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I found myself waking up at 3 a.m. this morning in Venice. My study abroad class was packing for an early flight back to the cities after spending nearly a month hopping around the heart of Italy, identifying art styles and observing how certain art forms have been historically and visually communicated throughout the media.
After arriving in Rome on Dec. 30, a group of thirteen students including myself were ready to begin a month together, learning and adjusting to a relaxed, yet celebrated, Italian lifestyle. It was my first time being in a European city, and where better to experience European culture than where it all began roughly 2,700 years ago.
Dashing our way around the cobblestone streets of Rome, our class didnʼt waste any time visiting the plethora of ancient monuments and churches that were littered throughout the city. Starting out with 8 a.m. lectures, the next 14 days were booked with visits to the Roman Forum, Colosseum, Trevi Fountain, the Vatican, various art museums and churches, and a day trip to the ancient city of Pompeii. I quickly became an expert in identifying art styles throughout museums and churches and associating them with eras they were created in.
Eating fresh margherita pizza accompanied by peach juice for lunch, blended with spaghetti bolognese or carbonara for dinner, my taste buds were loving the change from my college “cuisine” of Ramen or egg sandwiches back home. I also gained an affection for green olives while I was in Rome. Thank God, those little things are amazing.
After two weeks in Rome, our group departed for Florence to see the works of Michelangelo and other Renaissance artists during the 14th-17th centuries. Walking throughout Florence was a pleasant contrast to the enormous layout and congested streets of Rome. Our group often spent time bargaining at the leather market for scarves and leather jackets, as well as the mercado central for fresh fruits, meats, and nuts. My diet switched from cappuccinos and green olives in Rome, to fresh peaches and pistachios from the Mercado Central, which was conveniently only blocks away from the apartment we were staying.
I also grew fond of a small joint just down the street from our tourist home, which I went to often for delicious four-euro pizza. I think I ate there everyday I was in Florence; it was hard to resist.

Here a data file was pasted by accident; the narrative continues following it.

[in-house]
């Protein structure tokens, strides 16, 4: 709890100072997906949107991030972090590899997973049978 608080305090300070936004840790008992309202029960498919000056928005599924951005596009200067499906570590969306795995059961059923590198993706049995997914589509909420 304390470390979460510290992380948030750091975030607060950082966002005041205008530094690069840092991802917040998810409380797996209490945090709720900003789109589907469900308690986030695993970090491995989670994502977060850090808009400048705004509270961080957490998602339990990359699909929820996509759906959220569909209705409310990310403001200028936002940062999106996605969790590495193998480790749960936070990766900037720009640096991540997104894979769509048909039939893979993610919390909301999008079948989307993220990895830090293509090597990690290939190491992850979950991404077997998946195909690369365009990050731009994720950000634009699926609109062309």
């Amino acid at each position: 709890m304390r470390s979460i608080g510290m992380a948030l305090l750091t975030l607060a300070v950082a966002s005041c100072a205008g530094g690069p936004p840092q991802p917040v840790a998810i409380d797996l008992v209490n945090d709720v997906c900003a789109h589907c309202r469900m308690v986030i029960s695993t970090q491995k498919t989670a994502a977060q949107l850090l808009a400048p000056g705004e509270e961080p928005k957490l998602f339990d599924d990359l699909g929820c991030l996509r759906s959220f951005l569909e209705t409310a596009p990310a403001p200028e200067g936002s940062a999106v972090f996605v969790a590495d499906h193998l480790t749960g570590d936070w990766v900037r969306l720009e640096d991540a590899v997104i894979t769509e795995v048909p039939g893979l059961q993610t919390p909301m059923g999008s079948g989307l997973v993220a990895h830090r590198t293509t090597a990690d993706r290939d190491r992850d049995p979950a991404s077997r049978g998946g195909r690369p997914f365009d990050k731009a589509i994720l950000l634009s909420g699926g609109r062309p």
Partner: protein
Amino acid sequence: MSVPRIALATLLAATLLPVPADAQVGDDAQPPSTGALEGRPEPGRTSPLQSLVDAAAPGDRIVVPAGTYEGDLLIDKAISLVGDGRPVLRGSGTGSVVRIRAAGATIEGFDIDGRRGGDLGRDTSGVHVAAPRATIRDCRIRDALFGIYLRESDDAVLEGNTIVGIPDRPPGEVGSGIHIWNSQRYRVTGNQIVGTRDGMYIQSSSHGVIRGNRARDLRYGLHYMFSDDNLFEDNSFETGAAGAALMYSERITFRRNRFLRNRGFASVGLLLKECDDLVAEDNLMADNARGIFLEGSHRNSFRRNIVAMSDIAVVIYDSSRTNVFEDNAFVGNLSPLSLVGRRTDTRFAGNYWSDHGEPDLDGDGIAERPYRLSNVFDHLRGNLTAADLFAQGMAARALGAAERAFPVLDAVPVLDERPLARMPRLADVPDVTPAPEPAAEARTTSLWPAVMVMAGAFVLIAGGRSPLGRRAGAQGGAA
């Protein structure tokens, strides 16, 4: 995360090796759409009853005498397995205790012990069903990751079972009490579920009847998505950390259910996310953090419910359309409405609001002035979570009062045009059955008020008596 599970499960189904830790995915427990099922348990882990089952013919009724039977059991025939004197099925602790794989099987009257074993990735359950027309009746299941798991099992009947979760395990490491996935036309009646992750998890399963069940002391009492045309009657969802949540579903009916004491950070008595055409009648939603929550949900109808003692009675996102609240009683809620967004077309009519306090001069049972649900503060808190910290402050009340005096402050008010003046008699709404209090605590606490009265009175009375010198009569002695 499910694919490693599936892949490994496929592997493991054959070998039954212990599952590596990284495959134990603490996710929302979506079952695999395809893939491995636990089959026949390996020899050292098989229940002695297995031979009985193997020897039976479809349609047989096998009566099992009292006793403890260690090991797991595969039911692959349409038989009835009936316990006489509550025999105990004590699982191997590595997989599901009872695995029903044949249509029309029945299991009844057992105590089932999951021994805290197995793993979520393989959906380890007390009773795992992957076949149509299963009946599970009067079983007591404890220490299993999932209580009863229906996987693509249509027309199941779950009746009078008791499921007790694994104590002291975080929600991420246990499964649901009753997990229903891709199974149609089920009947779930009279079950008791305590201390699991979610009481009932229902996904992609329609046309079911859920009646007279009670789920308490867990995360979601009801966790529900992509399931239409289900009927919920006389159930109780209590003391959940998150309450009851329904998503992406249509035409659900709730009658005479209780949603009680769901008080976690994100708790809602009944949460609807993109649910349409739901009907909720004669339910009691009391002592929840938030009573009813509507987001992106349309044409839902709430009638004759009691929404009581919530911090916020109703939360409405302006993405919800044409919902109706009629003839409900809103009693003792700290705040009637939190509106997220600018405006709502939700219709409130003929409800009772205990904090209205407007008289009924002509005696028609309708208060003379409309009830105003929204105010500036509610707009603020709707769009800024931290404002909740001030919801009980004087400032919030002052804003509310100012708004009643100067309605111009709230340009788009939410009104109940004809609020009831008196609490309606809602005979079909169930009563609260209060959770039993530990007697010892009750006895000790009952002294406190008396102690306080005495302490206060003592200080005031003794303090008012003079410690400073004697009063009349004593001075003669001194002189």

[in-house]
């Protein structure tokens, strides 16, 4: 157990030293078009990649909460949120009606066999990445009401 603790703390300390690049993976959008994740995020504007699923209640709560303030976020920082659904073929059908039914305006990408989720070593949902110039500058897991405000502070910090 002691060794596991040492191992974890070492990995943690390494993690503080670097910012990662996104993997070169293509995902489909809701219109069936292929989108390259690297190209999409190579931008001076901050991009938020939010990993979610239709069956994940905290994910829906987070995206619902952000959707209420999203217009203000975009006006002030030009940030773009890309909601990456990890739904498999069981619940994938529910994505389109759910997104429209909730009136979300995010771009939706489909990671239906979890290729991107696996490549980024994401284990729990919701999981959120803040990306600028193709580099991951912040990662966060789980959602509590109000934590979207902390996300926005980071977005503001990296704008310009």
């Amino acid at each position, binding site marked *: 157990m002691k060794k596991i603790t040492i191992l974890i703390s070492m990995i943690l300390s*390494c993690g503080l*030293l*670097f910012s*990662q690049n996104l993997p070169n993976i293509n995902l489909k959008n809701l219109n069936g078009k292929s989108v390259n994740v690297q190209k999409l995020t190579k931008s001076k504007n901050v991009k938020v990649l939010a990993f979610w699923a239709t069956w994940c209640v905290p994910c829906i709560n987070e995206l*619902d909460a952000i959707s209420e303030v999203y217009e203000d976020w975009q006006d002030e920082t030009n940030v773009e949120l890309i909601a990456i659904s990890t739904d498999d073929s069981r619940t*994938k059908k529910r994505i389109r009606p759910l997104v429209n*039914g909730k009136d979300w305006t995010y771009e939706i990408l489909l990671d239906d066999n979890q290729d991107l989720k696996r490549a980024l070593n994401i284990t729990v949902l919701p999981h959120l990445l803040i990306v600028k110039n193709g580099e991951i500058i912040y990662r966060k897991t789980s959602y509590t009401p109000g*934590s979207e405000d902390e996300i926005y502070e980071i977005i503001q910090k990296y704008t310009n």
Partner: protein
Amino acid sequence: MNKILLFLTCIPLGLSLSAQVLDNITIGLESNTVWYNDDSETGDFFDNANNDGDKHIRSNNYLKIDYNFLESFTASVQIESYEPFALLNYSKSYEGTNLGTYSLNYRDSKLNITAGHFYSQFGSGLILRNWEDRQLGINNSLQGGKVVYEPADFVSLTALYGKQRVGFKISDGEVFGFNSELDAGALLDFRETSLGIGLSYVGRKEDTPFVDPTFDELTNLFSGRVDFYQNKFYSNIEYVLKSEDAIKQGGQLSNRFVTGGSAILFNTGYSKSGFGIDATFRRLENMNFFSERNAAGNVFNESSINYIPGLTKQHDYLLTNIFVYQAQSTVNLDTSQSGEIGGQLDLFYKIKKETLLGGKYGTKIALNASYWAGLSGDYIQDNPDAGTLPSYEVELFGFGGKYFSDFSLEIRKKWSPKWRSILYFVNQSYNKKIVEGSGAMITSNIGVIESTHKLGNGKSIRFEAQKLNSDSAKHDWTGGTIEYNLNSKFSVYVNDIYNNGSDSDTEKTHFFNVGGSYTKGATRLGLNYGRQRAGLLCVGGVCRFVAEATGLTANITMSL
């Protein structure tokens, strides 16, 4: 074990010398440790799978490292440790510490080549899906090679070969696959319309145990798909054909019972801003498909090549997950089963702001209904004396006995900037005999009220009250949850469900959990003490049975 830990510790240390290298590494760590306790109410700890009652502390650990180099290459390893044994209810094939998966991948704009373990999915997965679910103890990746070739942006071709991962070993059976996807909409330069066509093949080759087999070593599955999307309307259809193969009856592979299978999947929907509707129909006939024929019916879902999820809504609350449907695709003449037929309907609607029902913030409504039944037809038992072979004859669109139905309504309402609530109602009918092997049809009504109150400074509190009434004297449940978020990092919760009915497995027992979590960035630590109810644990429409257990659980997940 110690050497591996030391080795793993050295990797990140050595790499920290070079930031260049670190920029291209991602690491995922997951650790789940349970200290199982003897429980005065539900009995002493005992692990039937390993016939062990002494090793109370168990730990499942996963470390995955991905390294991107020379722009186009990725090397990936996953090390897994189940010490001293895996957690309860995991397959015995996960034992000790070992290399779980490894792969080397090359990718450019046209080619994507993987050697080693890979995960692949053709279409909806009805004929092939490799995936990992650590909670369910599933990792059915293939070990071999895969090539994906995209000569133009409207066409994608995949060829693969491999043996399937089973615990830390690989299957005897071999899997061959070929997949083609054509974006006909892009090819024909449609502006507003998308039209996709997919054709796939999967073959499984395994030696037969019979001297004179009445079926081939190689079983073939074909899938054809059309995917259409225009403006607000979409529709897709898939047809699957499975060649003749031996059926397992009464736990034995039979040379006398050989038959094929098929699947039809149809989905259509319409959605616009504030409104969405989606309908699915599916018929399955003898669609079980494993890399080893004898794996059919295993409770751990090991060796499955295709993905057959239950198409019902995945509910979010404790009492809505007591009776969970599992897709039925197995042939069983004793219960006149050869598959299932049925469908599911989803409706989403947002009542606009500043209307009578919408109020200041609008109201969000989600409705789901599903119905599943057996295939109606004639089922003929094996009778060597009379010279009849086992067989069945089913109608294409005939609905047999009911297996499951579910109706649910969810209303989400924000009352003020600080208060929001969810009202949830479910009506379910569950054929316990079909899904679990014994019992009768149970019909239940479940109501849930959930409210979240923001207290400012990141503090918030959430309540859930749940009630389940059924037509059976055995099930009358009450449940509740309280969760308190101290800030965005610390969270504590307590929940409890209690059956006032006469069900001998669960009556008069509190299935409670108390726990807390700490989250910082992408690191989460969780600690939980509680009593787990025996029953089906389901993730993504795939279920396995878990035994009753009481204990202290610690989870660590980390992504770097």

Witnessing Michelangeloʼs David and Brunelleschiʼs Duomo in the center of Florence was a wonderful model of Renaissance art which expanded across Europe until the late 19th century. We spent a week in Florence, finishing up the class portion of our journey before heading northward to Venice, where we relaxed for the last leg of our trip.
Adapting to a city where there are absolutely no cars was the most unique experience while abroad in Italy. We traveled throughout the Venice by boat, hopping from boat stops that were anchored along the Grand Canal of Venice. They were comparable to bus stops in America, just on water, which made it easier to get around rather than trekking by foot throughout Rome and Florence.
Our group had the opportunity to tour a family-operated glass blowing company (CAM Glass) in Murano. At CAM Glass, they value handmade production as opposed to manufacturing their products with machinery. It was cool to witness a family-run operation with different generations coming together to produce such elegant glass-blown pieces by hand.
We also ventured throughout the Venetian Lagoon yesterday, visiting a small island called Burano, roughly 45 minutes away from Venice. I enjoyed seeing the many colorful houses that composed the little village of Burano.
I am incredibly thankful for the opportunity to have studied and traveled throughout Italy. I highly recommend studying abroad to anyone else considering it in the future. It was a wonderful experience learning a new culture and adapting to the Italian lifestyle.
Andrew Stafford can be reached at email@example.com.